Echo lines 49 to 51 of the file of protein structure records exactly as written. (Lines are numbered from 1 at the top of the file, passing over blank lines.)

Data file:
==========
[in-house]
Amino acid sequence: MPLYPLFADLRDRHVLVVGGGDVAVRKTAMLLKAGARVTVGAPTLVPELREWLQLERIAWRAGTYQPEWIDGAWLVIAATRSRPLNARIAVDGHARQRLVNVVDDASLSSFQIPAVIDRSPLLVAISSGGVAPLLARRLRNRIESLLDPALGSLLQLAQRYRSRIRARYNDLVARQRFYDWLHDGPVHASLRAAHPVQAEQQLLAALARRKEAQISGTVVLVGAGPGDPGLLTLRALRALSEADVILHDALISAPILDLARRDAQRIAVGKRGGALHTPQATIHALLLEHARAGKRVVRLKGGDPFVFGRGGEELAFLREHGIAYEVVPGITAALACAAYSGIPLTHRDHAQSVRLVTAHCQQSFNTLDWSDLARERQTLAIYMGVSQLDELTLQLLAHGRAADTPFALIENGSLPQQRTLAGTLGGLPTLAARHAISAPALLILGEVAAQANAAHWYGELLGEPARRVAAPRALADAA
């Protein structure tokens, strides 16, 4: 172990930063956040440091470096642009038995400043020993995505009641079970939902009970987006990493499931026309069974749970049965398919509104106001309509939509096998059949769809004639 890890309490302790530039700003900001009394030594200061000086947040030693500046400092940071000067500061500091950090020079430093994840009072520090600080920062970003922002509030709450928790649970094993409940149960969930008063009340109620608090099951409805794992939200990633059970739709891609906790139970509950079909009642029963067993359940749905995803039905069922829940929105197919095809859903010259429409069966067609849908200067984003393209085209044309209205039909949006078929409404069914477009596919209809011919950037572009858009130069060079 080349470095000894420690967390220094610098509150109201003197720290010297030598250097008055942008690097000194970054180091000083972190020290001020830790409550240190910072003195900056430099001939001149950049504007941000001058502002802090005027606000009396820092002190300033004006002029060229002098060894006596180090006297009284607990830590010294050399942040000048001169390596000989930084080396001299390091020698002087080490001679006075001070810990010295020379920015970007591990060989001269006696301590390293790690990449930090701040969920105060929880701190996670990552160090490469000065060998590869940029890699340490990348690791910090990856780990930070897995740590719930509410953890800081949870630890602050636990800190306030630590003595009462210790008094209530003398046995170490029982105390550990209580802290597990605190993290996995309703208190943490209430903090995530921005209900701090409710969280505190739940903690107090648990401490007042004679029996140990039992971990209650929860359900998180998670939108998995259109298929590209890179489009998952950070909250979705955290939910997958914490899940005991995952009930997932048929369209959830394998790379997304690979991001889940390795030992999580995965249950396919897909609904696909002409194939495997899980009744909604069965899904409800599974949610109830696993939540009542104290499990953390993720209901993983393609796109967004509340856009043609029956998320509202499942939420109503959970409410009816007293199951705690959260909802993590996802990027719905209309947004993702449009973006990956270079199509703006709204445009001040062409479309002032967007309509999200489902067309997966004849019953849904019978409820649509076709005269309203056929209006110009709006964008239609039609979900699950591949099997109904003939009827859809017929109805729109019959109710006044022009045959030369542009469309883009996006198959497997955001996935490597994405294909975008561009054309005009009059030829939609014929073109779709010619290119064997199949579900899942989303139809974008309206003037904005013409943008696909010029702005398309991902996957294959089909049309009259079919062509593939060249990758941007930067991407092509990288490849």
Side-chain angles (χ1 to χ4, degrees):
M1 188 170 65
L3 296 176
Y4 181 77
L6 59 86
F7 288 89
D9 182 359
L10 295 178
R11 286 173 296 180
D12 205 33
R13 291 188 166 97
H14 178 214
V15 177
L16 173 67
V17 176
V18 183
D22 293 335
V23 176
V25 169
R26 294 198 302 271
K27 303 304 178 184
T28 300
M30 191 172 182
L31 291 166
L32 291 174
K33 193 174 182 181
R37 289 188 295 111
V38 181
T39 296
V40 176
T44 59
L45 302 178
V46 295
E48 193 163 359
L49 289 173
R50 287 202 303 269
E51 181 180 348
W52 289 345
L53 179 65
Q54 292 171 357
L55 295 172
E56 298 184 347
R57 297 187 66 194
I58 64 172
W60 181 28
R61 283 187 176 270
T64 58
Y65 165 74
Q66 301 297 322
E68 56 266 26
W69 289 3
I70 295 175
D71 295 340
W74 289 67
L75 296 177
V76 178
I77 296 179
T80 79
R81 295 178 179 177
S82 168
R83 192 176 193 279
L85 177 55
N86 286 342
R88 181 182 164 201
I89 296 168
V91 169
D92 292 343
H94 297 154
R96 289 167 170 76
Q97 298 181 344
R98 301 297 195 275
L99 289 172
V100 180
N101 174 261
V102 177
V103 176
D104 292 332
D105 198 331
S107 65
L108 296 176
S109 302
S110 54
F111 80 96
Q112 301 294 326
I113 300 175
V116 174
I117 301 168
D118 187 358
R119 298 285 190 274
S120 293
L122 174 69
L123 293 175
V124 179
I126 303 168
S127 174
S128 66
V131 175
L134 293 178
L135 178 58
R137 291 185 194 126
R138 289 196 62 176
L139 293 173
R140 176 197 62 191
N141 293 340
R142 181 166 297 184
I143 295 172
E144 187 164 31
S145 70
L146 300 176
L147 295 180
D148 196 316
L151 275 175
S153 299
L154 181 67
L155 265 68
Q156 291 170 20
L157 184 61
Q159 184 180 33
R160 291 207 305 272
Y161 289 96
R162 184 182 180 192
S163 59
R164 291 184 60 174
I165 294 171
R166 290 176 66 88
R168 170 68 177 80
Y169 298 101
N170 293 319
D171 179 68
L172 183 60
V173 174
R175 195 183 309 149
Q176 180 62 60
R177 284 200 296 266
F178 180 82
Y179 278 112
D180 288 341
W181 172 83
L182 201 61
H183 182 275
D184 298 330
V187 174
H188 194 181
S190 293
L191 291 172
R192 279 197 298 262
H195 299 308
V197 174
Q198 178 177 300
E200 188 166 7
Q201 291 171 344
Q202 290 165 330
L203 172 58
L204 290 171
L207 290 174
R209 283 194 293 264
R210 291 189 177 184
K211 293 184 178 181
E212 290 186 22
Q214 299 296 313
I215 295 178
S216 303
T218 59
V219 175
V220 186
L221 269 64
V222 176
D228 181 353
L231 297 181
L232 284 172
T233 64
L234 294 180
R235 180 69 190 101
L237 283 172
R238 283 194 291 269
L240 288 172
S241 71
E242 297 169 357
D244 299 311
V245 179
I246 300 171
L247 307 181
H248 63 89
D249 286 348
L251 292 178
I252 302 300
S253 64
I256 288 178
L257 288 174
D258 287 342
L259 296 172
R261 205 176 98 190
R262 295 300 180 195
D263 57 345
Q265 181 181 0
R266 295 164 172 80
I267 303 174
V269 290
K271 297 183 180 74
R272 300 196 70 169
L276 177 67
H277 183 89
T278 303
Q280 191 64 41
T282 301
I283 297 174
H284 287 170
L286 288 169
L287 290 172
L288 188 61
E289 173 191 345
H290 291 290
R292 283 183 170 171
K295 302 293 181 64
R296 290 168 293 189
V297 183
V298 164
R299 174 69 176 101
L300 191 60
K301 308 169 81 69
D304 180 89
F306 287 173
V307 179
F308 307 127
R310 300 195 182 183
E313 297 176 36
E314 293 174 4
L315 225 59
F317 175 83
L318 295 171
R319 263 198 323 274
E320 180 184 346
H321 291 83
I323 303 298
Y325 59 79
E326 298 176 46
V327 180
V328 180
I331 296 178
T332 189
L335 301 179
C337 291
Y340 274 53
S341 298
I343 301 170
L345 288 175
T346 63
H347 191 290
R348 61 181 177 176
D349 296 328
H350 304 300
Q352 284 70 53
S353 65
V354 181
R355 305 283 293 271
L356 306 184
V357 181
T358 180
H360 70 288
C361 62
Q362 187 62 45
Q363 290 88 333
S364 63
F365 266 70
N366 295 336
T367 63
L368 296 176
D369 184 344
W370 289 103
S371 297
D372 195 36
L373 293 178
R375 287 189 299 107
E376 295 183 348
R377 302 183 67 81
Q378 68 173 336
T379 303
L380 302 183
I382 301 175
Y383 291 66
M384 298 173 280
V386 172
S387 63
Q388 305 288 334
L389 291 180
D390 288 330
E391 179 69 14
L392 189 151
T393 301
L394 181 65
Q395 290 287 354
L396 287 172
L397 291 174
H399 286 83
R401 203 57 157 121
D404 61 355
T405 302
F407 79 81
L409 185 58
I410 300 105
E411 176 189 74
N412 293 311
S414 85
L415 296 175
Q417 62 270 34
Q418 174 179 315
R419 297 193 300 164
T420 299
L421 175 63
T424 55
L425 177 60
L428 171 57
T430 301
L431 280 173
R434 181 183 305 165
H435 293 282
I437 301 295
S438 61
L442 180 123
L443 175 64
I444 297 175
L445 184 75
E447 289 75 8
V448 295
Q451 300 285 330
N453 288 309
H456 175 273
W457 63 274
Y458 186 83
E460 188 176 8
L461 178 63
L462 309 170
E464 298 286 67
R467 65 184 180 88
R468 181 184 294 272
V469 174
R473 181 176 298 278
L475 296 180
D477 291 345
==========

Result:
R61 283 187 176 270
T64 58
Y65 165 74